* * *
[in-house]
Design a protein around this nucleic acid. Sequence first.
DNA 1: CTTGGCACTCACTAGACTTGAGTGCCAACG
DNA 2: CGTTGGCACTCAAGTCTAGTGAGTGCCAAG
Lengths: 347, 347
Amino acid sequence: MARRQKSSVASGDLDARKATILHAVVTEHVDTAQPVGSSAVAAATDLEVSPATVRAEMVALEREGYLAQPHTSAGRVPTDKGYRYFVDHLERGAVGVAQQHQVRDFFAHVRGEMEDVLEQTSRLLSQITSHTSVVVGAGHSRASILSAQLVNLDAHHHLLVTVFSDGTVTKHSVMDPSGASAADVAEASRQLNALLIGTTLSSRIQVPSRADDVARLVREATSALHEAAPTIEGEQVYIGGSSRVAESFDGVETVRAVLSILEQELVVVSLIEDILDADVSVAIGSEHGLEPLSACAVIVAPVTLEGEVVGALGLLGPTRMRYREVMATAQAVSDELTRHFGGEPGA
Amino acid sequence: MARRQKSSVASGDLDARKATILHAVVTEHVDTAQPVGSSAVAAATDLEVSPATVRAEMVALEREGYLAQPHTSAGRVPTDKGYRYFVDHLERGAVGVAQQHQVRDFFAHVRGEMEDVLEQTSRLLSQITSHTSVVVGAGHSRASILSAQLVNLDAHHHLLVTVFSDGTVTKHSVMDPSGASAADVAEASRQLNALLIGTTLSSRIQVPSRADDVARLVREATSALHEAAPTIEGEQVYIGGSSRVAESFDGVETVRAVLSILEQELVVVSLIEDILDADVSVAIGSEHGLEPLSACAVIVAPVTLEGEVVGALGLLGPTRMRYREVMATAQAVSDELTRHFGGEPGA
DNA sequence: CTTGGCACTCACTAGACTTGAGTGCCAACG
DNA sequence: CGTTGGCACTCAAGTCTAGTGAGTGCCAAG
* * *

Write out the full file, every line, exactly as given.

[in-house]
Design a protein around this nucleic acid. Sequence first.
DNA 1: CTTGGCACTCACTAGACTTGAGTGCCAACG
DNA 2: CGTTGGCACTCAAGTCTAGTGAGTGCCAAG
Lengths: 347, 347
Amino acid sequence: MARRQKSSVASGDLDARKATILHAVVTEHVDTAQPVGSSAVAAATDLEVSPATVRAEMVALEREGYLAQPHTSAGRVPTDKGYRYFVDHLERGAVGVAQQHQVRDFFAHVRGEMEDVLEQTSRLLSQITSHTSVVVGAGHSRASILSAQLVNLDAHHHLLVTVFSDGTVTKHSVMDPSGASAADVAEASRQLNALLIGTTLSSRIQVPSRADDVARLVREATSALHEAAPTIEGEQVYIGGSSRVAESFDGVETVRAVLSILEQELVVVSLIEDILDADVSVAIGSEHGLEPLSACAVIVAPVTLEGEVVGALGLLGPTRMRYREVMATAQAVSDELTRHFGGEPGA
Amino acid sequence: MARRQKSSVASGDLDARKATILHAVVTEHVDTAQPVGSSAVAAATDLEVSPATVRAEMVALEREGYLAQPHTSAGRVPTDKGYRYFVDHLERGAVGVAQQHQVRDFFAHVRGEMEDVLEQTSRLLSQITSHTSVVVGAGHSRASILSAQLVNLDAHHHLLVTVFSDGTVTKHSVMDPSGASAADVAEASRQLNALLIGTTLSSRIQVPSRADDVARLVREATSALHEAAPTIEGEQVYIGGSSRVAESFDGVETVRAVLSILEQELVVVSLIEDILDADVSVAIGSEHGLEPLSACAVIVAPVTLEGEVVGALGLLGPTRMRYREVMATAQAVSDELTRHFGGEPGA
DNA sequence: CTTGGCACTCACTAGACTTGAGTGCCAACG
DNA sequence: CGTTGGCACTCAAGTCTAGTGAGTGCCAAG